Winter weather finally arrived yesterday; a rainy cold front, with temperatures this noontime still in the 40’s and the lovely sound of rain to keep me company. I have a lot of great Airstream memories in this kind of weather.
I’d gear up with rubber boots and a rainproof jacket as my outer layer, and bird and walk in cold drizzle. Back into the Airstream I’d be greeted with the warm furnace, and a sofa to put up my feet and pour over bird guides. Hot tea would bring me cheer.
But today I’ll give thanks for my little stick home as the furnace and LP system of the Winnebago View don’t yet fall into the trustworthy category.
With this constraint, the upcoming week’s weather forecast will keep me close to my stick house, day tripping and running errands. That’s OK because I have a zillion-bites of photos to develop.
And after all, this is the Texas Coast. Soon the low temperatures will be warmer and I’ll be back out in the View. (By the way, thanks to Patty for the electric room heater suggestion. It works great as long as the temperatures don’t dip too low. It works perfectly for nighttime temperatures that stay in the upper 40’s.)
Last night I caught up on the December posts of the four blogs that I regularly follow (and link on my blog page). Reading those posts brought back memories of years when opening Christmas presents was a part of my life. Catching up with Patty, Judy, Hazel and Trisha, and the wonderfully unique lives they live, brought me great cheer.
Joey and Scout's digging and running and dressing up in new PJs chase away my blues, and Patty’s beach photos made me want to say “You have a photo of a Willet on a beautiful beach!”
Hazel’s day-in-the-life of roof and awnings and care-giving for her beloved four-legged Ones makes me want to say “You stay strong!”
And Judy’s stories always blow my mind with her amazing NWR volunteer work—but December’s photos make me envy Emma’s lake view! And the ongoing story of Emma and the bees cause me to call out “Bendadryl is the emergency drug that every medicine cabinet should hold!” (Benadryl has saved me from severe allergic reactions more than once.)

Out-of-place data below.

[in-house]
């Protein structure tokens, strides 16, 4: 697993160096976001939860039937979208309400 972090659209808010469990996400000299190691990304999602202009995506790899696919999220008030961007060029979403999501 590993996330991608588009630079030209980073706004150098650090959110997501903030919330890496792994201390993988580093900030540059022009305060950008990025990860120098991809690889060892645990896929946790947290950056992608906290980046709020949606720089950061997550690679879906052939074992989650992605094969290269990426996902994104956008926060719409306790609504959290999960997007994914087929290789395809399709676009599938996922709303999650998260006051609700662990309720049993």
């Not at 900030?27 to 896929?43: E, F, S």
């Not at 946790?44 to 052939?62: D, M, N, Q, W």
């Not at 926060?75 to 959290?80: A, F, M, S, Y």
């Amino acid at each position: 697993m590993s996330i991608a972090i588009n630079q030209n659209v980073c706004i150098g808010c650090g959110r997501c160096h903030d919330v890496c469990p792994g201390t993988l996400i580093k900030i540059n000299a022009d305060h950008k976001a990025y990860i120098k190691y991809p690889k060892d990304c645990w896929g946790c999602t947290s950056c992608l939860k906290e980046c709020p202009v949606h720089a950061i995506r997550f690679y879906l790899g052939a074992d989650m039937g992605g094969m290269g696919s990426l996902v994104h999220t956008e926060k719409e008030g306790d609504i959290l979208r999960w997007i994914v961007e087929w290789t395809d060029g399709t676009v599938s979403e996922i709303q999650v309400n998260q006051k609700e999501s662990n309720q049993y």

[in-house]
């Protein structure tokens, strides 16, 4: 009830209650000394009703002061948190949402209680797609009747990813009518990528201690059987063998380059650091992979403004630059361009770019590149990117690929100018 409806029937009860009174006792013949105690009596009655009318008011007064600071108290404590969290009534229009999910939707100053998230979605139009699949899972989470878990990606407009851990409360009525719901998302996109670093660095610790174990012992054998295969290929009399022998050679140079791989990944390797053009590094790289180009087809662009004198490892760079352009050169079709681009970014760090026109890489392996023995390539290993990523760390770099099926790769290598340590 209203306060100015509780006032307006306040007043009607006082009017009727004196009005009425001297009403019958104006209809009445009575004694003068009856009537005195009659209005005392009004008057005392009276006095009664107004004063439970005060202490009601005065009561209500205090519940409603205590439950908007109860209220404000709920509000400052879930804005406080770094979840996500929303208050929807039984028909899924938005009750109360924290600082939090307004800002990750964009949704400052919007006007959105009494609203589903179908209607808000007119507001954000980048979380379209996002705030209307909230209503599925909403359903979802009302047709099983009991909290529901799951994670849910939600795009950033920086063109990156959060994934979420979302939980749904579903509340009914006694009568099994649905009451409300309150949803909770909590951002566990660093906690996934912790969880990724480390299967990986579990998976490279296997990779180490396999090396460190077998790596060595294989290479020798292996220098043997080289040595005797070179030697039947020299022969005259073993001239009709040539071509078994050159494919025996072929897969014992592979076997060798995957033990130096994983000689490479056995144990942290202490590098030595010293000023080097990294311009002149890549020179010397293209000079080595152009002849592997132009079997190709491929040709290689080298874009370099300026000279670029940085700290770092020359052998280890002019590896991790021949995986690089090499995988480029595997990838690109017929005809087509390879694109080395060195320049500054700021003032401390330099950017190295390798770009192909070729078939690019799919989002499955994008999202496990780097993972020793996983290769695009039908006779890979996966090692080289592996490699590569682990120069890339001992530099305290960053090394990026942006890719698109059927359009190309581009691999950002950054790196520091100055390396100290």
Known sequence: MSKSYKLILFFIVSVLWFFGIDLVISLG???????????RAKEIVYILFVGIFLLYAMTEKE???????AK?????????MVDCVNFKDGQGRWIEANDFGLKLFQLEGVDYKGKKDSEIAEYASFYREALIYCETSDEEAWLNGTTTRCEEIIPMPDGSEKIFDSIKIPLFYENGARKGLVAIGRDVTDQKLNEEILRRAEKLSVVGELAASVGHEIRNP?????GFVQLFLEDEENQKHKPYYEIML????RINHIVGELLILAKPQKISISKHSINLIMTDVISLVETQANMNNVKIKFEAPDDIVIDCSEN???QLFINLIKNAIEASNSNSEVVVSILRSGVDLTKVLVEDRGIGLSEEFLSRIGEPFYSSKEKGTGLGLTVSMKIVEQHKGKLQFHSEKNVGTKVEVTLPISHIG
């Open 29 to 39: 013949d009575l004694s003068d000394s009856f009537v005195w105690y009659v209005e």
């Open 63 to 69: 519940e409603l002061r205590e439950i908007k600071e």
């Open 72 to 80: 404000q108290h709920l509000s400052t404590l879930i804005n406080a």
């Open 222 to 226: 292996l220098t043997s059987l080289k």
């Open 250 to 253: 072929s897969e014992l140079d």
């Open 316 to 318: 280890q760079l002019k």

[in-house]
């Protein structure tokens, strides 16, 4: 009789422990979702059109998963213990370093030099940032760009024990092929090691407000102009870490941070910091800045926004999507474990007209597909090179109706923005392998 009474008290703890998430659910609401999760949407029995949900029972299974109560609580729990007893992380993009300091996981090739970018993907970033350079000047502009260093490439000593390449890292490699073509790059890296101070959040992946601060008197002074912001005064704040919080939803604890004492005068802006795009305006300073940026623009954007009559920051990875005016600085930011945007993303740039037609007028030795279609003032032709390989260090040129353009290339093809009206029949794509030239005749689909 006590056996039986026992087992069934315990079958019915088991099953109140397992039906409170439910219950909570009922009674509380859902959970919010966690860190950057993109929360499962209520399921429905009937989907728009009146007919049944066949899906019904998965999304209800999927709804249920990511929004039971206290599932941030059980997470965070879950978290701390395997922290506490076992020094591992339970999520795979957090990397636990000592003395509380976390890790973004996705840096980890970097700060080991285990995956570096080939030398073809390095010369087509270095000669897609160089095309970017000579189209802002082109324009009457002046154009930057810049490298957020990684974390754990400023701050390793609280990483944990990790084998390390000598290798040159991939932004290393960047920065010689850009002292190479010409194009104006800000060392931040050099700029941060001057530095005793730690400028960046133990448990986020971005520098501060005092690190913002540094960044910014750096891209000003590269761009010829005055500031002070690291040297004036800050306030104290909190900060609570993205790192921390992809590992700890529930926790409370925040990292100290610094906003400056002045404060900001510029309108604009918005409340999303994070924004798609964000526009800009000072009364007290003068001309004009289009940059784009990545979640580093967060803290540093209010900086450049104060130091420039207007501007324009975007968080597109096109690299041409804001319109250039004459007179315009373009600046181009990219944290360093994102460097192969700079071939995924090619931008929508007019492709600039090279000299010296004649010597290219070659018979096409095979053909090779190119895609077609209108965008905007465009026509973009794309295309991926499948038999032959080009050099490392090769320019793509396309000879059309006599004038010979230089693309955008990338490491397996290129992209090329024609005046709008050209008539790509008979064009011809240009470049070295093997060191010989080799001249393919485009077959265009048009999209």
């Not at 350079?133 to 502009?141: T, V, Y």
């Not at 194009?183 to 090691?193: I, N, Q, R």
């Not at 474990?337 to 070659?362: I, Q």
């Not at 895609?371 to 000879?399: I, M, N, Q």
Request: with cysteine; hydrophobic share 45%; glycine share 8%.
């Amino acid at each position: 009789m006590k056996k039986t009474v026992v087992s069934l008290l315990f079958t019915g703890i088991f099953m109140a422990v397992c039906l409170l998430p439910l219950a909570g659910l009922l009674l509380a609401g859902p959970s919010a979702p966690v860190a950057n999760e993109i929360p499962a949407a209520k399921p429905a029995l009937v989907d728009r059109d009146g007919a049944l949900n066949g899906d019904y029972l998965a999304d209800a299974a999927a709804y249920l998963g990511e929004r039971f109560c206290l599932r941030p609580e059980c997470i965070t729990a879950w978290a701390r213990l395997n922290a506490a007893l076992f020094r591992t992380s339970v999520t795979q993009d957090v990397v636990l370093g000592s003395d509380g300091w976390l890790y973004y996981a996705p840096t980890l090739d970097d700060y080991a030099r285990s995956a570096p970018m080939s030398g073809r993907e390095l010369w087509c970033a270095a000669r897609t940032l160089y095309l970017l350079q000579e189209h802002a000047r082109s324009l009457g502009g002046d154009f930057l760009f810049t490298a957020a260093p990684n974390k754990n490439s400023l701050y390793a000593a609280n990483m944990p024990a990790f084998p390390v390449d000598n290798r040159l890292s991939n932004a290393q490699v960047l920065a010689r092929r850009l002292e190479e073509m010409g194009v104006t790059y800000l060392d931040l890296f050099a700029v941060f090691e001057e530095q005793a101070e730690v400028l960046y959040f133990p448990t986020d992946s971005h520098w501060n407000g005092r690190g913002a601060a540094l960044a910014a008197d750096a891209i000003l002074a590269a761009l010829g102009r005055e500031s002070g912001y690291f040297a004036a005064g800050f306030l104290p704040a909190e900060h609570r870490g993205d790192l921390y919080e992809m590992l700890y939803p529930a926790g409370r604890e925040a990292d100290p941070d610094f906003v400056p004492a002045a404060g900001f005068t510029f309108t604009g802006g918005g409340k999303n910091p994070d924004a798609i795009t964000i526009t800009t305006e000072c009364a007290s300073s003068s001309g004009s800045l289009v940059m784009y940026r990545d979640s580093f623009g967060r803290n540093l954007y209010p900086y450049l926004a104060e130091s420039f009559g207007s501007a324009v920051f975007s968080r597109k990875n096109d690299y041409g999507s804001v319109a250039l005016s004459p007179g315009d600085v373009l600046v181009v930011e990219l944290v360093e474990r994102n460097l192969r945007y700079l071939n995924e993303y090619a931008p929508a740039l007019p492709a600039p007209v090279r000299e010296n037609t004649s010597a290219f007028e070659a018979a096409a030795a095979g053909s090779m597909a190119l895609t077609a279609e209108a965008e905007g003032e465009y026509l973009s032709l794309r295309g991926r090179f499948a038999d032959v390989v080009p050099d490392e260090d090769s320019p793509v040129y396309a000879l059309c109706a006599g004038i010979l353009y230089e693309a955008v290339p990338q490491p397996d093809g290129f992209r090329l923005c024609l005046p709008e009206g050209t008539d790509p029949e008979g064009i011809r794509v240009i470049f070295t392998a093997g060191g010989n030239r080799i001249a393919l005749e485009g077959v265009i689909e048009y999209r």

And then there is Ms. T, and her “wonderfully flawed” life. I’m blessed to know the sound of her voice behind those gentle-spirited stories she so openly shares, addressing current events with an honesty that has no hint of proselytism. Please keep writing. Facebook? What’s that? J
So to all four of you, I give thanks for your wonderful stories and photos that I opened last night. Christmas morning is what you gave me.
And now it is time for me to start sorting and developing those zillion-bites of bird photos. With photo development as my focus for this last week of 2014, I hope to post several daily blogs with species photos rather than stories.
But for today’s blog, I’ve developed these “scene-catching” photos from my recent three nights, and four days at Brazos Bend. Brazos Bend is my Holy Land.
The iconic tower and forty-acre lake:
I love having access to my bicycle when camping at Brazos Bend. I can ride from the campground to different locales and habitats in this large park, and walk and bird with bicycle in the wing. I was tickled by this group of (out-of-focus) White Ibis. They ambled down the wooded trail in front of my bicycle. When I got off my bicycle to bird, they’d fly up into the trees and watch me. When I’d return to my bike, they’d return to “leading” me on down the trail.
This year has brought a bounty of rain. I’m always drawn to the reflections:
And the concept of being alone, or lonely, is a bit of a fabrication if we are in Mother Nature’s Land of the Living. I constantly find myself being watched by the feathered Ones; in this case, a Tufted Titmouse was watching me photograph Swamp Sparrows:
And then there is this park’s most famous icon; the trail keepers that (patiently?) deal with my almost tripping over them:
May your day be birdy!